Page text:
1998 was the first year that professional athletes from the North American National Hockey League competed in Olympic hockey. (The men's Tournament was won by Czech Republic .) Most games in the men's tournament were held at Big Hat. The table below displays the matches held at the Aqua Wing Arena.

All times are local (UTC+9).

Date Time Teams Round Attendance
7 February 16:00 Austria  (2) -  Slovakia(2)[21] Preliminary 4,315
7 February 20:00  Belarus (4) - France  (0)[22] Preliminary 3,419
10 February 14:00  Kazakhstan (4) -  Slovakia(3)[23] Preliminary 3,659
10 February 14:00 France  (0) - Germany  (2)[24] Preliminary 3,659
16 February 14:45 Finland  (8) -  Kazakhstan (2)[25] Final 5,544
16 February 18:45  Belarus (2) - Sweden  (5)[26] Final 5,544
18 February 14:45  Belarus (1) - Russia  (4)[27] Quarter-finals 4,628
18 February 18:45 Finland  (2) - Sweden  (1)[28] Quarter-finals 5,044

Public transportation[edit]

References[edit]

  1. ^ "Ice Hockey Stadium". Shinmai Mainchi Newspaper. Retrieved 24 March 2018.
  2. ^ 1998 Winter Olympics official report. Volume 2. pp. 223-5.
  3. ^ City of Nagano profile. Archived December 1, 2005, at the Wayback Machine
  4. ^ "Nagano Athletic Park (Sports Park), Aqua Wing Ice Hockey Arena". Archived from the original on March 4, 2016. Retrieved September 9, 2015.
  5. ^ "Nagano Sports Park Public Pool". Tokyo 2020 Pre-Games Training Camps Online Guide. Tokyo Organising Committee of the Olympic and Paralympic Games. Retrieved 9 June 2019.
  6. ^ "Women's Ice Hockey (Sweden-Finland)". SportsLine USA. Archived from the original on 9 November 1999. Retrieved 9 June 2019.
  7. ^ "Women's Ice Hockey (Canada-Japan)". SportsLine USA. Archived from the original on 10 October 1999. Retrieved 9 June 2019.
  8. ^ "Women's Ice Hockey (China-USA)". SportsLine USA. Archived from the original on 9 November 1999. Retrieved 9 June 2019.
  9. ^ "Women's Ice Hockey (Finland-Japan)". SportsLine USA. Archived from the original on 9 November 1999. Retrieved 9 June 2019.
  10. ^ "Women's Ice Hockey (United States-Sweden)". SportsLine USA. Archived from the original on 9 November 1999. Retrieved 9 June 2019.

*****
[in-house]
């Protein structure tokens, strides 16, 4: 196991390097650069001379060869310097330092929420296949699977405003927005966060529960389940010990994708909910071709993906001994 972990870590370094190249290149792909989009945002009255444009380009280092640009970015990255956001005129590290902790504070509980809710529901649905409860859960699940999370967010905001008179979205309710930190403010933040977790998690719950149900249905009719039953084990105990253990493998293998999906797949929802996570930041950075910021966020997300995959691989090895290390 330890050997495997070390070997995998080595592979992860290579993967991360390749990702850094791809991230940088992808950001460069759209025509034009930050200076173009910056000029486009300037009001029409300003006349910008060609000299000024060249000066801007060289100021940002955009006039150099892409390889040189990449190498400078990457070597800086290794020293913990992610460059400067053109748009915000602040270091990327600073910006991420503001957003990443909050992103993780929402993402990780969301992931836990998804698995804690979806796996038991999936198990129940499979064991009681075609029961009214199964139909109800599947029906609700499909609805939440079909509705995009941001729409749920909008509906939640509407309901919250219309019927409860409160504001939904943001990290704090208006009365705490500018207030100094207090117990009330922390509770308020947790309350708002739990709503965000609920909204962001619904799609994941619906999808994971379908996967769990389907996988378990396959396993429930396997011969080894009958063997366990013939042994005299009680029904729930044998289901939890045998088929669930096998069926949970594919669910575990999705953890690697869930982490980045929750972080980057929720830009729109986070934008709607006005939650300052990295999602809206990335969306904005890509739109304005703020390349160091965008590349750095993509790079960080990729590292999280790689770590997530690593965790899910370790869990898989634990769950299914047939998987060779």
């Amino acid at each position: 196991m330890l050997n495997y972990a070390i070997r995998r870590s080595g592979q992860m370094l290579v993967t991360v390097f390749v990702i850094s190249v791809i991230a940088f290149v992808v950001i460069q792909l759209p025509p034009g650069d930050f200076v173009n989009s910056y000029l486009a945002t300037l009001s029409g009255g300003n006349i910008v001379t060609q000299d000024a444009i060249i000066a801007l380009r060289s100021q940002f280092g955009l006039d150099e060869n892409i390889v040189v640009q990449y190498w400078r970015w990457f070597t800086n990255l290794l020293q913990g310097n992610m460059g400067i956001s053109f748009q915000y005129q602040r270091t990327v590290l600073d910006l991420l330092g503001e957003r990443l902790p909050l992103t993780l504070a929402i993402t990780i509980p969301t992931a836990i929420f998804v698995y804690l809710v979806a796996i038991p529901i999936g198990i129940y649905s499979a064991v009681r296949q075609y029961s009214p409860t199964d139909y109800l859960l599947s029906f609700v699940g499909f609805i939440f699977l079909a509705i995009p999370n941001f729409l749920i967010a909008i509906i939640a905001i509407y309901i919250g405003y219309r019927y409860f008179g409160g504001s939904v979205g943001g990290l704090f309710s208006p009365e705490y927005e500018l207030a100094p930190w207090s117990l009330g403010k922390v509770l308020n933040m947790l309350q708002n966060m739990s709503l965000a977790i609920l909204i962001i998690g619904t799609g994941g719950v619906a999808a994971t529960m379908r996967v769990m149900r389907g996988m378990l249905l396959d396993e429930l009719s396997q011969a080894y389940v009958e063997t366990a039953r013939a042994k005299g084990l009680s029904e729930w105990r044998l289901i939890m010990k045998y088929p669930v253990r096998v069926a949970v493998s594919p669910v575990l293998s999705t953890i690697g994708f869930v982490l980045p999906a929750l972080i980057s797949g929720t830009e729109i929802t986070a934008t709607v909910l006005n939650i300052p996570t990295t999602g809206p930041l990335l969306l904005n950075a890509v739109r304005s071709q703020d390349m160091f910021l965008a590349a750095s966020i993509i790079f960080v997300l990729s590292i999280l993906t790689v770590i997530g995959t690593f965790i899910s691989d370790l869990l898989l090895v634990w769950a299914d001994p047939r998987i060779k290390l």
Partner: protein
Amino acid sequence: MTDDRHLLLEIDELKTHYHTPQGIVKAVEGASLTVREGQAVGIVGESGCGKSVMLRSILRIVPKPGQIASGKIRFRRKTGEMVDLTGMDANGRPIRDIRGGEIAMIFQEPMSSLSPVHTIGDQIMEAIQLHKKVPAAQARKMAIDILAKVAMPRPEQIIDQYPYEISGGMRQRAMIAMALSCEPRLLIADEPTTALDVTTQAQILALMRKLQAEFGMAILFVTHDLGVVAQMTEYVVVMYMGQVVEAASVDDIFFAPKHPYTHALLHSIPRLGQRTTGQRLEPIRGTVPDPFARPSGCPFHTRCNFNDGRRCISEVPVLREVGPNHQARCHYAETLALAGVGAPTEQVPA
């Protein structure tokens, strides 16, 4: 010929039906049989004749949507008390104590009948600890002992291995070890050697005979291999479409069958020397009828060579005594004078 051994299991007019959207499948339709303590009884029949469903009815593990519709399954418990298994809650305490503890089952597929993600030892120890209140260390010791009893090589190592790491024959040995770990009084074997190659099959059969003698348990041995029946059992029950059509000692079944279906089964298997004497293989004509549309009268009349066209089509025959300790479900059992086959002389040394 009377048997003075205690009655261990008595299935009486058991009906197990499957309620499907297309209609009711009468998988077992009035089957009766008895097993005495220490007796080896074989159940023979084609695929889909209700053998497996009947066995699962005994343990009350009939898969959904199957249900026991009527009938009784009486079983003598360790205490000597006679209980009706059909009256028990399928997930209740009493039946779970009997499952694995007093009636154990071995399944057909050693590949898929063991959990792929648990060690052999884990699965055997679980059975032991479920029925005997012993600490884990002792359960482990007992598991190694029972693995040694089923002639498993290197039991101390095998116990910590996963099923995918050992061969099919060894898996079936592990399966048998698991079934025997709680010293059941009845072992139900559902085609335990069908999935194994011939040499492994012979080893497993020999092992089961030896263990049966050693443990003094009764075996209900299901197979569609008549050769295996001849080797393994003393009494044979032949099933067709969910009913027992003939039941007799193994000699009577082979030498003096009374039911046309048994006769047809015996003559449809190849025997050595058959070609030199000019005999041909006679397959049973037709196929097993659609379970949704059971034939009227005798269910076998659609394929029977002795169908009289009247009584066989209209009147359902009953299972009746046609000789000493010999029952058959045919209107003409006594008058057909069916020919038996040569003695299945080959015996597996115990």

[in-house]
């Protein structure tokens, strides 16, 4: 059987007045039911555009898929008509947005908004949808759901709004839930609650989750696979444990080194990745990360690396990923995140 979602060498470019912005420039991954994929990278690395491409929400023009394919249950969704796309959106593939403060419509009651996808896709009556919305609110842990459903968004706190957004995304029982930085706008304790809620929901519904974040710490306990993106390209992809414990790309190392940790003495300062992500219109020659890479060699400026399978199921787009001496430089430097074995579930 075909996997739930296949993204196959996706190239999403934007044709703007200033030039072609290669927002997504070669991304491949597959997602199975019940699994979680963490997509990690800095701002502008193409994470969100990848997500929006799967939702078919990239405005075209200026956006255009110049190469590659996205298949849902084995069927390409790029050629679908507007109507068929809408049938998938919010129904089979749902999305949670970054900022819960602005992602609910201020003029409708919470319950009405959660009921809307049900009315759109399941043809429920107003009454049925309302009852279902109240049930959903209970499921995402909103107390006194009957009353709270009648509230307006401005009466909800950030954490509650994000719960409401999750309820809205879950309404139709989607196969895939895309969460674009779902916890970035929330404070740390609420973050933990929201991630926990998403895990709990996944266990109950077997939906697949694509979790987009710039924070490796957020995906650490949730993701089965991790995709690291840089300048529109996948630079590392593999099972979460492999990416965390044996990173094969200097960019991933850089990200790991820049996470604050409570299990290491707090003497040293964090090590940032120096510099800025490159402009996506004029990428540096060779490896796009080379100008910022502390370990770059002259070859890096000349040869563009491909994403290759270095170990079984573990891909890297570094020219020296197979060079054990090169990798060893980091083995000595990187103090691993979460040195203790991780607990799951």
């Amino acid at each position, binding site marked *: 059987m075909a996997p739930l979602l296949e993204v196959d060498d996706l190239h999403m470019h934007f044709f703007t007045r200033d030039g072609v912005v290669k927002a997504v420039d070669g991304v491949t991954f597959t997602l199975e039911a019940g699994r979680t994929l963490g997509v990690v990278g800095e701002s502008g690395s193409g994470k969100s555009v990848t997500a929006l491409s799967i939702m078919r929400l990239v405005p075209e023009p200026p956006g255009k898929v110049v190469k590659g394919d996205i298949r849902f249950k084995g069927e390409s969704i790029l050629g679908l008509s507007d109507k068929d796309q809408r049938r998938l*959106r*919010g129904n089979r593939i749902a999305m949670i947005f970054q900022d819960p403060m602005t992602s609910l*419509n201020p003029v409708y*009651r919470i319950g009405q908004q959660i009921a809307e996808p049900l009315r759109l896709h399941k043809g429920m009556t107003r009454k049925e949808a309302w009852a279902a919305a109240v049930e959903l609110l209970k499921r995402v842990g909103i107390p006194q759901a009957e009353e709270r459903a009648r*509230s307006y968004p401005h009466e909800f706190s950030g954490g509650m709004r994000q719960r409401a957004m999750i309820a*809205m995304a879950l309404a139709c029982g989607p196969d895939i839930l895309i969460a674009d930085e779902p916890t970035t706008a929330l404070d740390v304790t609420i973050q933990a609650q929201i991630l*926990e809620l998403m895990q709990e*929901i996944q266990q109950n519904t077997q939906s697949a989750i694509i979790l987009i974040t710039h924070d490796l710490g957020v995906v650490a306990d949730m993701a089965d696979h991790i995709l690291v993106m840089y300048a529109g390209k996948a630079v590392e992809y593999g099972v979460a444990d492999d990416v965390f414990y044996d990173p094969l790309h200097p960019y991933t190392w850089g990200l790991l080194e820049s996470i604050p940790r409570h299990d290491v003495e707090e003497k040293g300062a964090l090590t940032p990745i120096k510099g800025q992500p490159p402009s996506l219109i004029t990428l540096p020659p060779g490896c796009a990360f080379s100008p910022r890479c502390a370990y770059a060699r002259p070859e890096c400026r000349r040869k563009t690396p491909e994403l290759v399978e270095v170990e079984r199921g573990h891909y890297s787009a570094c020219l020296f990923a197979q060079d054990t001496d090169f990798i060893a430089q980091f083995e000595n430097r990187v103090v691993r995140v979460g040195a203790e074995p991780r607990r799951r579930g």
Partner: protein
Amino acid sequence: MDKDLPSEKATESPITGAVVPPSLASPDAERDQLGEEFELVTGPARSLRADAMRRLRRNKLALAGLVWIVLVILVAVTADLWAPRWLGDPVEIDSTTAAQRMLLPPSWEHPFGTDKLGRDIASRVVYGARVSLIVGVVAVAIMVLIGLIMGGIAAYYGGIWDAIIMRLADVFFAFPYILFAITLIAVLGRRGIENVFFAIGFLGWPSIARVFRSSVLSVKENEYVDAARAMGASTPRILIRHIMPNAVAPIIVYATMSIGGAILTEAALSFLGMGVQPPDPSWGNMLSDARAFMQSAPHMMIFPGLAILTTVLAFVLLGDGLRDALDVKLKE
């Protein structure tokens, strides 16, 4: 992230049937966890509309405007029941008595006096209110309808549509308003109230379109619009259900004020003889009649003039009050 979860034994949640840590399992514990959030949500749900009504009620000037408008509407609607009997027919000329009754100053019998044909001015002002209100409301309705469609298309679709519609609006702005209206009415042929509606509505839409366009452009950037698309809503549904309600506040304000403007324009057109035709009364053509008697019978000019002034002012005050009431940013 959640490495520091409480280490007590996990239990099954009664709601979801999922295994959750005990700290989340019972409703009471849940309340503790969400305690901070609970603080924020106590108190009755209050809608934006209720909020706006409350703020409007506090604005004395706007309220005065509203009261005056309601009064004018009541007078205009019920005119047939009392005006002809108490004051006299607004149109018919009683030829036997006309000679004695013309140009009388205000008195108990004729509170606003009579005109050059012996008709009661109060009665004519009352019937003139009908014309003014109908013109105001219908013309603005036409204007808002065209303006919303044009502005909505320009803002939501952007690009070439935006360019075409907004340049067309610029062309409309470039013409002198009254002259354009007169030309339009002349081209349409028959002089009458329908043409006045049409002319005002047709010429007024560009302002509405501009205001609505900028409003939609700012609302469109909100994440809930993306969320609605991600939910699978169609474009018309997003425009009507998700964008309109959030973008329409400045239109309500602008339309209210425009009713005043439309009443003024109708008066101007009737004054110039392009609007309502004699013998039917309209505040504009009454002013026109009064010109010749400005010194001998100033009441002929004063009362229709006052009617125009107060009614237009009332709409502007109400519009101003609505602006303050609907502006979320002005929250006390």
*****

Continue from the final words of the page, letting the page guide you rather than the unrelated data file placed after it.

11. ^ "Women's Ice Hockey (Canada-China)". SportsLine USA. Archived from the original on 20 May 2000. Retrieved 9 June 2019.
  12. ^ "Women's Ice Hockey (Sweden-Canada)". SportsLine USA. Archived from the original on 11 March 2000. Retrieved 9 June 2019.
  13. ^ "Women's Ice Hockey (Japan-China)". SportsLine USA. Archived from the original on 19 May 2000. Retrieved 9 June 2019.
  14. ^ "Women's Ice Hockey (USA-Finland)". SportsLine USA. Archived from the original on 11 March 2000. Retrieved 9 June 2019.
  15. ^ "Play Off Round (Women's Tournament)". IIHF. Archived from the original on 1 December 1998. Retrieved 9 June 2019.
  16. ^ "Play Off Round (Women's Tournament)". IIHF. Archived from the original on 1 December 1998. Retrieved 9 June 2019.
  17. ^ "Play Off Round (Women's Tournament)". IIHF. Archived from the original on 1 December 1998. Retrieved 9 June 2019.
  18. ^ "Play Off Round (Women's Tournament)". IIHF. Archived from the original on 1 December 1998. Retrieved 9 June 2019.
  19. ^ "Play Off Round (Women's Tournament)". IIHF. Archived from the original on 1 December 1998. Retrieved 9 June 2019.
  20. ^ "Play Off Round (Women's Tournament)". IIHF. Archived from the original on 1 December 1998. Retrieved 9 June 2019.
  21. ^ "Preliminary Round (Men's Tournament)". IIHF. Archived from the original on 25 February 1999. Retrieved 9 June 2019.
  22. ^ "Preliminary Round (Men's Tournament)". IIHF. Archived from the original on 25 February 1999. Retrieved 9 June 2019.
  23. ^ "Preliminary Round (Men's Tournament)". IIHF. Archived from the original on 25 February 1999. Retrieved 9 June 2019.
  24. ^ "Preliminary Round (Men's Tournament)". IIHF. Archived from the original on 25 February 1999. Retrieved 9 June 2019.
  25. ^ "Final Round (Men's Tournament)". IIHF. Archived from the original on 25 February 1999. Retrieved 9 June 2019.
  26. ^ "Final Round (Men's Tournament)". IIHF. Archived from the original on 25 February 1999. Retrieved 9 June 2019.
  27. ^ "Play Off Round (Men's Tournament)". IIHF. Archived from the original on 25 February 1999. Retrieved 9 June 2019.
  28. ^ "Play Off Round (Men's Tournament)". IIHF. Archived from the original on 25 February 1999. Retrieved 9 June 2019.
  1. ^ (Hanazawa 1999, p. 185)
  2. ^ (Hanazawa 1999, p. 223)
  3. ^ (Hanazawa 1999, p. 223)
  4. ^ (Hanazawa 1999, p. 223)
  5. ^ (Hanazawa 1999, p. 223)
  6. ^ {{harvsp|Hanazawa|1999|p=185}
  7. ^ {{harvsp|Hanazawa|1999|p=224}
  8. ^ {{harvsp|Hanazawa|1999|p=224}
  9. ^ {{harvsp|Hanazawa|1999|p=224}
  10. ^ {{harvsp|Hanazawa|1999|p=224}
  11. ^ {{harvsp|Hanazawa|1999|p=224}
  12. ^ (Hanazawa 1999, p. 223)
  13. ^ (Hanazawa 1999, p. 223)
  14. ^ (Hanazawa 1999, p. 223)
  15. ^ (Hanazawa 1999, p. 223)
  16. ^ (Hanazawa 1999, p. 223)
  17. ^ (Hanazawa 1999, p. 223)
  18. ^ (Hanazawa 1999, p. 224)
  19. ^ (Hanazawa 199b, p. 224)
  20. ^ (Hanazawa 1999, p. 224)
  21. ^ (Hanazawa 1999, p. 223)
  22. ^ {{harvsp|Hanazawa|1999|p=183}
  23. ^ {{harvsp|Hanazawa|1999|p=183}

Hanazawa, Nahomi (1999). The Shinano Mainichi Shimbun (ed.). Official Report of the 1998 Winter Olympic Games, Vol. 2: Sixteen Days of Glory (PDF). Translated by Norman Kong. Nagano (Japan): NAOC. p. 319. ISBN 4784098267.

Coordinates: 36°39′38″N 138°13′59″E / 36.66056°N 138.23306°E / 36.66056; 138.23306